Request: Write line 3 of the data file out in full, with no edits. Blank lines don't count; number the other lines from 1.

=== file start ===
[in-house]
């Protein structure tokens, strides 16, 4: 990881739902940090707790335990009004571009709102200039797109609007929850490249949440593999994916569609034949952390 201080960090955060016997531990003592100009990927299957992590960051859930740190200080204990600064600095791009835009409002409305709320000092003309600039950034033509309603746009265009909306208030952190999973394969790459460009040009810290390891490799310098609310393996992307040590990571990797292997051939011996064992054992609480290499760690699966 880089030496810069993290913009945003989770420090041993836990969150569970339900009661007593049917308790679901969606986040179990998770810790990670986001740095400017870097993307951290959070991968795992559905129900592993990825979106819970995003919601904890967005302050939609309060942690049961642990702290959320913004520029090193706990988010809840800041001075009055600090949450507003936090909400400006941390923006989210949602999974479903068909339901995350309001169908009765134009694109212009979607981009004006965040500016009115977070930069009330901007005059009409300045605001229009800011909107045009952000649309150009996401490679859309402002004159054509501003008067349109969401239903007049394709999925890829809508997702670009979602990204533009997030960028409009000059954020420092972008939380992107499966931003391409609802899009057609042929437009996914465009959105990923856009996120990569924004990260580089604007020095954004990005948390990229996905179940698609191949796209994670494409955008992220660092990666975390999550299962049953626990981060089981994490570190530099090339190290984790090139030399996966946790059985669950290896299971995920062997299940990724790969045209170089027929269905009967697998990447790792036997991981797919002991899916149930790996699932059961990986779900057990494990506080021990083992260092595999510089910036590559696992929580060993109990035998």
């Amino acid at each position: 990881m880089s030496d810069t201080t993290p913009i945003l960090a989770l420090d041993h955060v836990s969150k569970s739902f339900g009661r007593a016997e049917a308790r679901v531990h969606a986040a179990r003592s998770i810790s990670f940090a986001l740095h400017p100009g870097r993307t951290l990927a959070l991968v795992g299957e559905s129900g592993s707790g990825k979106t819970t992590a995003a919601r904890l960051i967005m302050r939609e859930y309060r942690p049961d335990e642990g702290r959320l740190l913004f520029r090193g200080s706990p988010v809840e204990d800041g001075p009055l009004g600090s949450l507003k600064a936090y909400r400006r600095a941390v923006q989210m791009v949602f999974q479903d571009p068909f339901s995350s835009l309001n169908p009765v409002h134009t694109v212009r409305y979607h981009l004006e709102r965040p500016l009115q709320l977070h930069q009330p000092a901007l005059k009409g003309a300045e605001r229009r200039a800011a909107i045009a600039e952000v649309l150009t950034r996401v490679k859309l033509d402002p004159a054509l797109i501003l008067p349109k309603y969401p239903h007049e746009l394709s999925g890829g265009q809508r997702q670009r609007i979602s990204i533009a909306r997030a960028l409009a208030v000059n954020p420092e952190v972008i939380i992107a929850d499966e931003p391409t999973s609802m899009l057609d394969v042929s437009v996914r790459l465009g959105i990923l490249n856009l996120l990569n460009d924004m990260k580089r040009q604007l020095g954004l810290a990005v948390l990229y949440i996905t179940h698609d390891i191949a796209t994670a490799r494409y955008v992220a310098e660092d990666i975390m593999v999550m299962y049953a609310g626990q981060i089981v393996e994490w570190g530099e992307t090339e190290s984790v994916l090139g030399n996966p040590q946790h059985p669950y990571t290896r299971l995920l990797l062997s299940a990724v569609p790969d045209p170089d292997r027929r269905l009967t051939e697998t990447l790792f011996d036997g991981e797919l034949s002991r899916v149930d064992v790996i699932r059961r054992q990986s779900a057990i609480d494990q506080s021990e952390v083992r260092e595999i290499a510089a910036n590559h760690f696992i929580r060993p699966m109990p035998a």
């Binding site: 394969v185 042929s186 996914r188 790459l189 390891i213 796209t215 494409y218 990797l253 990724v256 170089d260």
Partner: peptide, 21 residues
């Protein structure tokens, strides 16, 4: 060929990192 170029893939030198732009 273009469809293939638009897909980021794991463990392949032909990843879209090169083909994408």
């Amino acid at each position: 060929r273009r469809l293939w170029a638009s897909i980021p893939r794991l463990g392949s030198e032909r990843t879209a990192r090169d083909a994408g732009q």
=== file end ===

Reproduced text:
């Amino acid at each position: 990881m880089s030496d810069t201080t993290p913009i945003l960090a989770l420090d041993h955060v836990s969150k569970s739902f339900g009661r007593a016997e049917a308790r679901v531990h969606a986040a179990r003592s998770i810790s990670f940090a986001l740095h400017p100009g870097r993307t951290l990927a959070l991968v795992g299957e559905s129900g592993s707790g990825k979106t819970t992590a995003a919601r904890l960051i967005m302050r939609e859930y309060r942690p049961d335990e642990g702290r959320l740190l913004f520029r090193g200080s706990p988010v809840e204990d800041g001075p009055l009004g600090s949450l507003k600064a936090y909400r400006r600095a941390v923006q989210m791009v949602f999974q479903d571009p068909f339901s995350s835009l309001n169908p009765v409002h134009t694109v212009r409305y979607h981009l004006e709102r965040p500016l009115q709320l977070h930069q009330p000092a901007l005059k009409g003309a300045e605001r229009r200039a800011a909107i045009a600039e952000v649309l150009t950034r996401v490679k859309l033509d402002p004159a054509l797109i501003l008067p349109k309603y969401p239903h007049e746009l394709s999925g890829g265009q809508r997702q670009r609007i979602s990204i533009a909306r997030a960028l409009a208030v000059n954020p420092e952190v972008i939380i992107a929850d499966e931003p391409t999973s609802m899009l057609d394969v042929s437009v996914r790459l465009g959105i990923l490249n856009l996120l990569n460009d924004m990260k580089r040009q604007l020095g954004l810290a990005v948390l990229y949440i996905t179940h698609d390891i191949a796209t994670a490799r494409y955008v992220a310098e660092d990666i975390m593999v999550m299962y049953a609310g626990q981060i089981v393996e994490w570190g530099e992307t090339e190290s984790v994916l090139g030399n996966p040590q946790h059985p669950y990571t290896r299971l995920l990797l062997s299940a990724v569609p790969d045209p170089d292997r027929r269905l009967t051939e697998t990447l790792f011996d036997g991981e797919l034949s002991r899916v149930d064992v790996i699932r059961r054992q990986s779900a057990i609480d494990q506080s021990e952390v083992r260092e595999i290499a510089a910036n590559h760690f696992i929580r060993p699966m109990p035998a």